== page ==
Issue #33 – Yeshiva Bonim Lamokom’s Chanukah Event

Posted on Posted in All Articles, Down Syndrome and Congenital Heart Defects

Yeshiva Bonim Lamokom’s Chanukah Event

Sarah Sander

Some parties are just empty indulgence; others are classy productions that leave the party-goers spiritually elevated, happy and fulfilled.

Yeshiva Bonim Lamokom’s events fall into the latter category. Our legendary Menahel Hamoysed, Rabbi Zev Horowitz, is the no-nonsense force behind these events. Once again, good taste prevailed.

YBL’s annual pre-Chanukah Party has morphed into something larger than life. The previous years’ mid-day parties, to which all extended family members were invited, is no longer feasible. There is no hall in Brooklyn that can accommodate the crowd size. Hence, both venue and party program were revamped. This year’s party was held at the elegant Zemer Hall in Boro Park. The guest list consisted of students, parents and yeshiva staff. Extended families were invited for dessert and dancing.

What a party it was! Joyful spirit was bouncing off the walls as all took their seats and the evening commenced. Rabbi Horowitz delivered the opening remarks and introduced the concept of ‘Yagati Motzasee’, if you will seek, you will find. He elaborated on the wonders of our children, who continuously surprise their educators by rising to levels that have previously been unattainable. It is by seeking with yegiah the inherent wellsprings of potential within their talmidim that the rabbeim and teachers are rewarded with ‘motzasee’ – they find.

Rabbi Horowitz then regaled the captivated audience with an episode of ‘Yagati Motzasee’ in the true, practical sense of the words and one which attests to the devotion of the YBL staff.

A yeshiva parent called one day agitatedly stating that her son came home, sans his $5,000 orthodontic appliance, and the parents were frantic. Rabbi Horowitz relayed the situation to the yeshiva staff, and they immediately volunteered to launch a search for the missing item. They searched the student’s classroom, garbage bins, bathroom area, but to no avail. They then donned gloves and rubber boots and proceeded to search through mounds of lunch garbage from the mainstream yeshiva Torah Vodaath, weekend garbage and whatever other garbage they were able to get their hands on. When all of that yielded nothing, Rabbi Horowitz asked the administration of Torah Vodaath whether he can look through their close-circuit cameras of the past several days. On the screen he spotted one of the lunchroom workers whom he recognized. He looked up the gentleman and asked him whether he came across a small white plastic container on any of the cafeteria tables several days ago. The gentleman then led Rabbi Horowitz to a small hallway where a paper towel dispenser was perched on the wall and there atop the dispenser was the cheap white plastic case with its very expensive content.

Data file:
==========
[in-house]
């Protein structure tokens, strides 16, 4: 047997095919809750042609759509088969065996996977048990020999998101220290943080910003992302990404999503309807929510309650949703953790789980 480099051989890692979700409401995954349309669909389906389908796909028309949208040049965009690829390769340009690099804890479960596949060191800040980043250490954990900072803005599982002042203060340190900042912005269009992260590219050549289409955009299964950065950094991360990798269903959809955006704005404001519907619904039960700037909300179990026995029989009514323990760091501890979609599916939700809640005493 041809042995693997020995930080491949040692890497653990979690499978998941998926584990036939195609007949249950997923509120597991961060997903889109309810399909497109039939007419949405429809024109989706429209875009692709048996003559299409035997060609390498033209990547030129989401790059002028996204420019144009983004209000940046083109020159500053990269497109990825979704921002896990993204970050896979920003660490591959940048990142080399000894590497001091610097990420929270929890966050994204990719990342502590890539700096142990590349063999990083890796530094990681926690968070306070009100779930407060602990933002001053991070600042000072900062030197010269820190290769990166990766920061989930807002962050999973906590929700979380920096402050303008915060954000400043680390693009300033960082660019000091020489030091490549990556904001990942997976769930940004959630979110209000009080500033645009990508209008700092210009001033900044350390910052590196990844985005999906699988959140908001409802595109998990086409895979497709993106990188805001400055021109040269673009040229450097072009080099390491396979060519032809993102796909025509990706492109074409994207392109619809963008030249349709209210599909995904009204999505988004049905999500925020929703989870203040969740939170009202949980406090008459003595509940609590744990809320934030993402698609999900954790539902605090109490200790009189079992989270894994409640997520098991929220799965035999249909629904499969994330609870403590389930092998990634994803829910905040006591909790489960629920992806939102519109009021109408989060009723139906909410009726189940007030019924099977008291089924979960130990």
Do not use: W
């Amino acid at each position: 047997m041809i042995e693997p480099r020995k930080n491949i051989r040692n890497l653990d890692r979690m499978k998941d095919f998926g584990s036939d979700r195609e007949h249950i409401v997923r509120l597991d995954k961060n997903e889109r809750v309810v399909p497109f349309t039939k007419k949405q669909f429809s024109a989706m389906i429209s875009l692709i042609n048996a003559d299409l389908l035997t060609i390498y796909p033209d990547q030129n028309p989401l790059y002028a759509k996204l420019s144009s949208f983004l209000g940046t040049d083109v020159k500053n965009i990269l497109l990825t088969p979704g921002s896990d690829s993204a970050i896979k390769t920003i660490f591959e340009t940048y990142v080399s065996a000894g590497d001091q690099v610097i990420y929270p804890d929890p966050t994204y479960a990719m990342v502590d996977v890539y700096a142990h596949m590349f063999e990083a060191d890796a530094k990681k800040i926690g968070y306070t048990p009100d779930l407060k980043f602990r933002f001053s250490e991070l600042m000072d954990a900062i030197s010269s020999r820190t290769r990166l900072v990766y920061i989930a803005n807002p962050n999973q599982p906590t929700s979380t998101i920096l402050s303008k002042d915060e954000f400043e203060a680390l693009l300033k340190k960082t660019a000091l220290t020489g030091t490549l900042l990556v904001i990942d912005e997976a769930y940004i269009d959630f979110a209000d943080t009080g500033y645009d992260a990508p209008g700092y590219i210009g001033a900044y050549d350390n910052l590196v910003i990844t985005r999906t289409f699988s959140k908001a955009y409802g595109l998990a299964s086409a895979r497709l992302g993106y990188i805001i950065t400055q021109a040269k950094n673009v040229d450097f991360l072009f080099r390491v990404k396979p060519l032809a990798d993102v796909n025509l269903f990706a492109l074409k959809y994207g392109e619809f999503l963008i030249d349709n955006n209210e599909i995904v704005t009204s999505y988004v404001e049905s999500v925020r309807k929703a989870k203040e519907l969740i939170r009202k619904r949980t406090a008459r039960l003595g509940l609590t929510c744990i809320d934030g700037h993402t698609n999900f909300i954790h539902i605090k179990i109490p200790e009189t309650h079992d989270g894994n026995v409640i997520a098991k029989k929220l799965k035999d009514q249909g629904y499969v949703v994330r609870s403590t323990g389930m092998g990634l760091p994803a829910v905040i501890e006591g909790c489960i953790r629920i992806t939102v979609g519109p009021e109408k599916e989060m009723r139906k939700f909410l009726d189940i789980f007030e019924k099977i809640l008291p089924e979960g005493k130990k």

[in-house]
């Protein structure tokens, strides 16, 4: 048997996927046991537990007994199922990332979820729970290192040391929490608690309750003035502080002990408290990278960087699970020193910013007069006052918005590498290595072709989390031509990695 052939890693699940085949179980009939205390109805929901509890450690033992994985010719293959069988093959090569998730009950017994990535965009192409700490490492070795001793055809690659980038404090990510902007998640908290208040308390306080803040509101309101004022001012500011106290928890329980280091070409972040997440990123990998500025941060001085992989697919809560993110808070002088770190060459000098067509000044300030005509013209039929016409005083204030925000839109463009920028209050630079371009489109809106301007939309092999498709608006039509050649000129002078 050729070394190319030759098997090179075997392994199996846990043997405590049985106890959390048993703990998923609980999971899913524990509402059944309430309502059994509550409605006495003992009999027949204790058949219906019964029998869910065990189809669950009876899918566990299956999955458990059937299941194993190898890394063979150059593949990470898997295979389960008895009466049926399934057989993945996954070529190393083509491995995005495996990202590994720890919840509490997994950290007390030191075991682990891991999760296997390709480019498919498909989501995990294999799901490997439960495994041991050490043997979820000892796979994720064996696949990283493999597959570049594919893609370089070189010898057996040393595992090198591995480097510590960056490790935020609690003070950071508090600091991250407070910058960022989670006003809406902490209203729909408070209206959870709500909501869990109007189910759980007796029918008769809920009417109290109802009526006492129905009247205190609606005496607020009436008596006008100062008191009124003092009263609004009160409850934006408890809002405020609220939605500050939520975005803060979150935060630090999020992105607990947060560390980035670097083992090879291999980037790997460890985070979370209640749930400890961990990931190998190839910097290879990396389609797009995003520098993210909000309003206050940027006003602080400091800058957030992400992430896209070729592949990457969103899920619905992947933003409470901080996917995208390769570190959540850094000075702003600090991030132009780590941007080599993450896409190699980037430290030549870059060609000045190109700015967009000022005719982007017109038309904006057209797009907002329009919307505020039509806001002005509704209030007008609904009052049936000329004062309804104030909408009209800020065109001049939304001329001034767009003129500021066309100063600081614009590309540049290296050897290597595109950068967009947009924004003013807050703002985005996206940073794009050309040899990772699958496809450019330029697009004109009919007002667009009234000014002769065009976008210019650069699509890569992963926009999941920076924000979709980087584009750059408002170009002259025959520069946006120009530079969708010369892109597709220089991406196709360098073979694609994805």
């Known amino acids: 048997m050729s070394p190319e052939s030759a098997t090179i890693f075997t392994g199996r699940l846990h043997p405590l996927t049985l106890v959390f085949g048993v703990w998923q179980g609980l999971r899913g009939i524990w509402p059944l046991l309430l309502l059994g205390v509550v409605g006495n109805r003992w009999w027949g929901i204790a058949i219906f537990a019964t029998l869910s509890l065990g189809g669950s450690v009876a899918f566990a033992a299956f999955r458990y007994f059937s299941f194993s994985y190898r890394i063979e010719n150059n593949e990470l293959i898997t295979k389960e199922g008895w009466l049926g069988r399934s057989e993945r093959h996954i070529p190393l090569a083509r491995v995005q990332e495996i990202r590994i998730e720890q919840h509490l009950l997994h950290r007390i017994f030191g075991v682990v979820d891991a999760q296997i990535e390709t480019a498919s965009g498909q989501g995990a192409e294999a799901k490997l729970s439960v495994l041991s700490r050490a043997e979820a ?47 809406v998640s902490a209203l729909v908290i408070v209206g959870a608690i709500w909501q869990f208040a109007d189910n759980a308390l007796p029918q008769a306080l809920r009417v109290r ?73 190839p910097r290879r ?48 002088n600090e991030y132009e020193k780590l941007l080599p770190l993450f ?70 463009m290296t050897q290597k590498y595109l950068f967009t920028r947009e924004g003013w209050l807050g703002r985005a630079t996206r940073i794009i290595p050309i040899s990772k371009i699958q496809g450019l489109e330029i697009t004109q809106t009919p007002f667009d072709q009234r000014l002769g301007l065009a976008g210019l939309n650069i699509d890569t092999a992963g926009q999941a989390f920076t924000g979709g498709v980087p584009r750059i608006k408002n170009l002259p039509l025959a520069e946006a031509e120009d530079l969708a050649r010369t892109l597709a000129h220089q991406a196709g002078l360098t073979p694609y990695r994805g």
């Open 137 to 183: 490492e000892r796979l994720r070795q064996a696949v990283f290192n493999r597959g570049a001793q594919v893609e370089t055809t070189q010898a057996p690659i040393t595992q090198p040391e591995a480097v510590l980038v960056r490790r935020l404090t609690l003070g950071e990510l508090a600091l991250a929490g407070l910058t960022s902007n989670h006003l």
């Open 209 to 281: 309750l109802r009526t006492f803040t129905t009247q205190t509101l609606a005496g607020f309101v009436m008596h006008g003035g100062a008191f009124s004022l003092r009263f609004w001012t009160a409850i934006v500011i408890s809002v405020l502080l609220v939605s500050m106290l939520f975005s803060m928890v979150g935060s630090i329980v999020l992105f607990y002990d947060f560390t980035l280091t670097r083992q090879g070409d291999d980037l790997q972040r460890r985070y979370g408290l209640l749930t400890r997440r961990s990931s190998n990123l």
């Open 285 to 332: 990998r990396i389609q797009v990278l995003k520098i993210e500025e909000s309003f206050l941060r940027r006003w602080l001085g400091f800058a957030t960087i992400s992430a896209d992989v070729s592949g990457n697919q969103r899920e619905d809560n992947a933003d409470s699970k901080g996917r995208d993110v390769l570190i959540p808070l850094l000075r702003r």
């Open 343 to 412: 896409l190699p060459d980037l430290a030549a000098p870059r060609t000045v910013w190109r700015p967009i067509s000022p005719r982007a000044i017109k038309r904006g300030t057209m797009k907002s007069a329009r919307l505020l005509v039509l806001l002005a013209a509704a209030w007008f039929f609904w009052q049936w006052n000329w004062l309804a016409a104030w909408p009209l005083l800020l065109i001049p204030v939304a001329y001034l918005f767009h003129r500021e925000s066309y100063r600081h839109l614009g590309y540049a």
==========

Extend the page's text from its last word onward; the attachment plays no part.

I believe when the teaching staff of YBL was hired they thought they were going to be educators. It didn’t cross their minds that one day they would volunteer to search through dumpsters of foul-smelling trash in order to retrieve that which their student lost. But such is the concept of ‘Yagati Motzasee’ when teaching students with special needs. It elevates one above and beyond the call of duty.

Rabbi Fishel Schachter, the renowned speaker then took his listening audience down memory lane to the days of YBL’s inception. He described how Rav Avraham Pam zt’l, then Rosh Yeshiva of Torah Vodaath, sickly and on his last leg of life, called together all Torah Vodaath Rabbeim and educators and told them about the new yeshiva that was launching on the fourth floor of their mainstream yeshiva. He ordered all educators to speak to their students about the special yeshiva that was joining theirs and promised them all brachos l’rov if they will open their hearts to YBL’s special student population. Rav Pam’s dictum is still eternalized by all of Torah Vodaath to this very day!

In a unique twist on the typical panel discussion, at this event the panelists were the students of Yeshiva Bonim Lamokom. They responded to questions with deep thought, skill and articulation. One of the questions posed was, ‘What makes you happy and what makes you sad?’. Every single student answered that he is always happy and never sad. And they did not parrot each other’s responses during the entire panel interview, proving that these answers too were genuine and original. When asked about plans for the future, every single panelist dreams of a future in which he will help others in Klal Yisroel.  One student entertained the audience by adding jokes to his answers. When asked what he wants to be when he will grow older, he said he aims to be a Rosh Yeshiva. He then delivered some jaw-dropping relevant jokes. He also stated that his goal is to make shidduchim and that he already has a hand in SIX shidduchim that have come to fruition. He went on to announce his phone number for those interested in his services.

The photographer at the party was a gentleman with years of experience under his belt. He attends worldwide events in the Jewish world and photographs them for enjoyment, business and posterity. But all his work experiences never reduced him to the emotional state that he was in on this very evening. He kept exclaiming, “I have never witnessed anything like this in my life! I can’t believe it!”

There was a lot to see and hear and absorb.

The lively singing and dancing which followed, completed the beautiful evening. Young and old danced as one, with nary an iota of arrogance; all were equal.

While the delicious food filled empty stomachs, the warmth of the evening filled our hearts. Chanukah came early for the families of Yeshiva Bonim Lamokom.